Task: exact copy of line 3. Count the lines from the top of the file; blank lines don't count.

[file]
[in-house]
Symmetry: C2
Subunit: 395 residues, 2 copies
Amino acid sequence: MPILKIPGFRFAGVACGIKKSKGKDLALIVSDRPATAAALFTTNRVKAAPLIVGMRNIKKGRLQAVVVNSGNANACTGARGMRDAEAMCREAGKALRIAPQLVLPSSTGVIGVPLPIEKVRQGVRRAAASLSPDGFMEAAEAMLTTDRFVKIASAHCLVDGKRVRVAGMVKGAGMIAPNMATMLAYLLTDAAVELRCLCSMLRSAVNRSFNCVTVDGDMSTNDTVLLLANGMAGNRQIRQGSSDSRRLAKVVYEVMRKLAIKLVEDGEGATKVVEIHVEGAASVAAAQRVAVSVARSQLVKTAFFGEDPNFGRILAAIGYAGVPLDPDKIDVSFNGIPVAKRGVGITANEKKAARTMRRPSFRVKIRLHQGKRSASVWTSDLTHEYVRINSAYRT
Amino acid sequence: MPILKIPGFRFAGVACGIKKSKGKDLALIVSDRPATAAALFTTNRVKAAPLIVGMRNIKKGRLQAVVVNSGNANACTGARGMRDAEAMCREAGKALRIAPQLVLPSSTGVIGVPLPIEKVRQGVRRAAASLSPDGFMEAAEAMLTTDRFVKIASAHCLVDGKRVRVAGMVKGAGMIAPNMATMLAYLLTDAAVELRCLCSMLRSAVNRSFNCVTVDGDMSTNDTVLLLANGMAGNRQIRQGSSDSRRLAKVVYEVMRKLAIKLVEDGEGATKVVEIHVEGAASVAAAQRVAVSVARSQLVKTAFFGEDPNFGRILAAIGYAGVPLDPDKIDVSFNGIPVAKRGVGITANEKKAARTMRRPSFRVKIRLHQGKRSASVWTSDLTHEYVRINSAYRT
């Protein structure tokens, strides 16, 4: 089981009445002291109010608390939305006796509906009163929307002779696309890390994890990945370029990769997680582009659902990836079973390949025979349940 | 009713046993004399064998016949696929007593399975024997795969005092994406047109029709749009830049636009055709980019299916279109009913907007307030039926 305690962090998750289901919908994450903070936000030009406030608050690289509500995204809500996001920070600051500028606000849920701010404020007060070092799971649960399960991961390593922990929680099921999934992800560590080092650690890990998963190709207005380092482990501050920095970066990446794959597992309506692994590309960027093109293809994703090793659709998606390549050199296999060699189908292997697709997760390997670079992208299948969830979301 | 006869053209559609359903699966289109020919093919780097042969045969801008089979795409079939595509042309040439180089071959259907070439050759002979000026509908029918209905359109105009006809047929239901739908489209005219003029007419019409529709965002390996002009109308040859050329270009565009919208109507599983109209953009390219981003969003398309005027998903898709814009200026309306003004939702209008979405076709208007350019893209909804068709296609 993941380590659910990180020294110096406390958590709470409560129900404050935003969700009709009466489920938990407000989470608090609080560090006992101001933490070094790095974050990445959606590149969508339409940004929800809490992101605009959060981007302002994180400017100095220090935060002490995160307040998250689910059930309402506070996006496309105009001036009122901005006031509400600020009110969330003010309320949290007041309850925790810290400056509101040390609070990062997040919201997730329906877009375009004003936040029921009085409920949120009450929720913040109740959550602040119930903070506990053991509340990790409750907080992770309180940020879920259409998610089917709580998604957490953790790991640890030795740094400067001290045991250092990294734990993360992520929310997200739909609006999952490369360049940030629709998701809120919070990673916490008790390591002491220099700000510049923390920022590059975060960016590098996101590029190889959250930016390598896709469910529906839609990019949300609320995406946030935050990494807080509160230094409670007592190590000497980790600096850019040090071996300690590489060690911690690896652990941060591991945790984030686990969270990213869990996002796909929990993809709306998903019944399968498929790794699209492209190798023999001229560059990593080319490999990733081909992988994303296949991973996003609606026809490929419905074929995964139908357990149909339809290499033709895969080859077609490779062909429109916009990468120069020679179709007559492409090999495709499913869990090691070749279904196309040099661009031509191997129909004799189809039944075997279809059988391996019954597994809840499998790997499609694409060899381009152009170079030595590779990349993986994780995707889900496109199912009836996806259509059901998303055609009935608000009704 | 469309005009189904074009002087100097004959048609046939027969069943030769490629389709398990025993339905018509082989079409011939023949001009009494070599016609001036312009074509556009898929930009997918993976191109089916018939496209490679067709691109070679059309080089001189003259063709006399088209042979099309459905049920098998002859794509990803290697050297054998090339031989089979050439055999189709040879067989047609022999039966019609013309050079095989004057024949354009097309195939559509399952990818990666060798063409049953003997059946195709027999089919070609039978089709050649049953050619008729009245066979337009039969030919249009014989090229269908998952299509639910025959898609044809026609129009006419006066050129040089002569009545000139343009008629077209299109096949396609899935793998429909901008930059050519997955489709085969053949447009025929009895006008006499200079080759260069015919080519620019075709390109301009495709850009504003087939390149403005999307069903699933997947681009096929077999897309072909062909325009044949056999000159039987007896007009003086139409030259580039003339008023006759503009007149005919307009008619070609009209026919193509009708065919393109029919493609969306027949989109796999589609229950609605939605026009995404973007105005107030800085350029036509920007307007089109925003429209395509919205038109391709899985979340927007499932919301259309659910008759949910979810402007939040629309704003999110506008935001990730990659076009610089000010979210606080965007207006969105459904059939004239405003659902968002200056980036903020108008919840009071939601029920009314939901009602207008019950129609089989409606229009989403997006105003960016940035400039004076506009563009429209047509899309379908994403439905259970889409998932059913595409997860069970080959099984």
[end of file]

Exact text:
Subunit: 395 residues, 2 copies